The Tyra Banks approach to writing

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Reading time: about 2.5 minutes

Do you have a supermodel you can consult with? Headline notwithstanding, I don’t mean Claudia Schiffer, Naomi Campbell or even that inimitable diva, Tyra Banks. (I call this column the Tyra Banks approach because I’m Canadian and irony is in my nature.)

What I’m talking about today is having a writing model — that is, a clear example of the kind of text you want to emulate.

This sticky issue came up in a teleclass I hosted last week. One of the participants described submitting a piece of writing to a European publication. Although her field is highly technical (forestry sustainability), she worked hard to ensure her text was easy to understand and readable. Both commendable goals.

Trouble is, the client wasn’t totally pleased and asked for rewrites going in the opposite direction. In other words, the client wanted text that was a bit more sophisticated even if it was less easy to understand. “What did I do wrong?” the writer lamented.

I haven’t seen either the original text or the revised text, but I answered from my gut, based on 30 years in the business. “You didn’t have an example — a model — of what they were looking for,” I guessed. (This turned out to be true.)

It’s important to remember that while there is “good” writing and “bad” writing, there is also “right” writing — that is, writing that the client wants. Models are so crucially important to achieving this goal that you should always ask your clients for some samples before you start any writing project. Why? Three main reasons:

1) Models help you understand exactly what the client wants. As the old joke in the newspaper business goes: editors are people who don’t know what they want until they see it. Clients are pretty much the same. They are usually imprecise, often vague, and always impatient. Asking them to provide several examples of writing they like is an excellent way to prevent miscommunication.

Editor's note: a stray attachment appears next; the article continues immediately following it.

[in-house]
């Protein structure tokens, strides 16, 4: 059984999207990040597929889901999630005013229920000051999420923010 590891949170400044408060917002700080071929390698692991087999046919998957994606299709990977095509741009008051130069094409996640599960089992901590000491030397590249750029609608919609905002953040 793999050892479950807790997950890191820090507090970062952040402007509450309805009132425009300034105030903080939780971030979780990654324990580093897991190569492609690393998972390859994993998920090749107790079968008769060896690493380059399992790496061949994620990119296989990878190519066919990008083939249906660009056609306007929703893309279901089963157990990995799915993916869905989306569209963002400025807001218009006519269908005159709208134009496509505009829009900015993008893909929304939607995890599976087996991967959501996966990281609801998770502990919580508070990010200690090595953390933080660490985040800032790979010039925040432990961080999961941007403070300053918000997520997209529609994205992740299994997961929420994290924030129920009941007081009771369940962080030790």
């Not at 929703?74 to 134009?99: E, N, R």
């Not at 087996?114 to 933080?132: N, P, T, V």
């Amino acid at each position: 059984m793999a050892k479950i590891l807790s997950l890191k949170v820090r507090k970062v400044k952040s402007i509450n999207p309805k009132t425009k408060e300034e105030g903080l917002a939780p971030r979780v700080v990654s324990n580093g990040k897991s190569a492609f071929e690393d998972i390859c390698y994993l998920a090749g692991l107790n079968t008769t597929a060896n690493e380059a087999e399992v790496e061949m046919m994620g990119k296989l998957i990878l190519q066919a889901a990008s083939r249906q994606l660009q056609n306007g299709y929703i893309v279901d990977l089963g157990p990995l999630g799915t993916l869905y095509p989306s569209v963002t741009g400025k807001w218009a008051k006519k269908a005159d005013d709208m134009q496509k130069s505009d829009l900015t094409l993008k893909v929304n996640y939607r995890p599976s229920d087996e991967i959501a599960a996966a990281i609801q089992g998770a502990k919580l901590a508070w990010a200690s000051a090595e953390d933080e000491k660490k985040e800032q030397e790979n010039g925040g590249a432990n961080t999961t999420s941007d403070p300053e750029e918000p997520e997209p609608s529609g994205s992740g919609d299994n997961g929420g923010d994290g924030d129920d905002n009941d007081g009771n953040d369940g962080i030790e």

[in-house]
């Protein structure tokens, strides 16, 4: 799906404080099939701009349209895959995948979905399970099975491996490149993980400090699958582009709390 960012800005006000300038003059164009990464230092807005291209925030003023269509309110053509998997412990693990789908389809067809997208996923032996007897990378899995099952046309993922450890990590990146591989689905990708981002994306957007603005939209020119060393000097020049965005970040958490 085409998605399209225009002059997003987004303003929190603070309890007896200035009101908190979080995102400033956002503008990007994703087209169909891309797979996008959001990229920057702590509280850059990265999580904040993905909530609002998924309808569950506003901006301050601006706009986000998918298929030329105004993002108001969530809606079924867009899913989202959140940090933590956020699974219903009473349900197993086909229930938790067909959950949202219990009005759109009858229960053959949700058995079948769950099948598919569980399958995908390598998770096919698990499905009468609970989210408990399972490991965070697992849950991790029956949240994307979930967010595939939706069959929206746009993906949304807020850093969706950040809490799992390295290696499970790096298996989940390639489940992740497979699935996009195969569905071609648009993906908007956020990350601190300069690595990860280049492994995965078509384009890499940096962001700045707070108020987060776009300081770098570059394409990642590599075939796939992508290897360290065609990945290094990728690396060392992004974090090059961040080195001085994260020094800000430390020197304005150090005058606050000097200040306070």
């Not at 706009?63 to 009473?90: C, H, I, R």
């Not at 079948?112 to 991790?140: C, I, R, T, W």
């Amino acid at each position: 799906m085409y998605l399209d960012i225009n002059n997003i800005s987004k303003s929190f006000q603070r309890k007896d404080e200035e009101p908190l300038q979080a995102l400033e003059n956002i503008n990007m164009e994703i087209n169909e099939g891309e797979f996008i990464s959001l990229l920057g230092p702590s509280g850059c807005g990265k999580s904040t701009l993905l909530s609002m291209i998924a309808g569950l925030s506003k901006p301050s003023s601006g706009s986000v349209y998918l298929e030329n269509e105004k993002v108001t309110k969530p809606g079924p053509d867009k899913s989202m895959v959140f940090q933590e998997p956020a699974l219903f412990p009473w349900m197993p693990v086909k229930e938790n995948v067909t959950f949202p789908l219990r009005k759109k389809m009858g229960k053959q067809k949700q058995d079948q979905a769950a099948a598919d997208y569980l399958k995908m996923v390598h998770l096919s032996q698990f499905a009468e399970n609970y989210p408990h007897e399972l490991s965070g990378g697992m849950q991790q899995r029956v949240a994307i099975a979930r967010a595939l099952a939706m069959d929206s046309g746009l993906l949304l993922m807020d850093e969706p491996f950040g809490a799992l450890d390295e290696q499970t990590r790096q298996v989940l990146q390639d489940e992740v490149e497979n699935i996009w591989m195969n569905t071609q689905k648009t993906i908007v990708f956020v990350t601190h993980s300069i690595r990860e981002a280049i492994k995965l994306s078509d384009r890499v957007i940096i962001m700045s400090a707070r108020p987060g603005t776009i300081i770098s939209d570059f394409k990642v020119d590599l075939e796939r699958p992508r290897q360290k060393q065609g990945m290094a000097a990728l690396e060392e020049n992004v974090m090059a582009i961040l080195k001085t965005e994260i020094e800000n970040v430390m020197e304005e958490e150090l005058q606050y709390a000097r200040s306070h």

2) Models give you a precise measuring stick. With a model you have something specific to analyze. “Keep it simple,” orders the client. But one person’s simple is another person’s complicated. With a model in hand, you can run readability stats (available free in MS Word) and see the precise grade level the client is aiming for. You can also look at more subtle measurements such as use of metaphor, concrete versus abstract language and “voice” (first, second or third person). This knowledge is power.

3) Models make it possible for you, the writer, to gain “instant understanding.” You know the old saying “a photo is worth a thousand words”? Well sometimes a thousand words can be like a photo. When you read a piece, put it down and ask yourself “What did I really think of that?” You’re having what I all a “snapshot reaction.” You’re considering the ineffables: tone, feeling and mood. You’re noticing the forest instead of the trees.

All of this raises an interesting question. What do you do if the client has bad taste? It happens. Sometimes clients just seem to love icky writing — passive voice, lots of jargon, long sentences. While this is never welcome news, it’s always good to know what you’re up against. You can then decide if you want to work for that client — or whether you prefer to walk away.

Of course this can be a tougher choice if you’re in a regular job and it’s your boss who has the bad taste. But even then models may be able to help. You can bring your boss some published writing samples (ones that display “good” writing) and try to show him or her why they’re effective.

Selling the concrete is always easier than selling the theoretical. Just another reason why supermodels rule.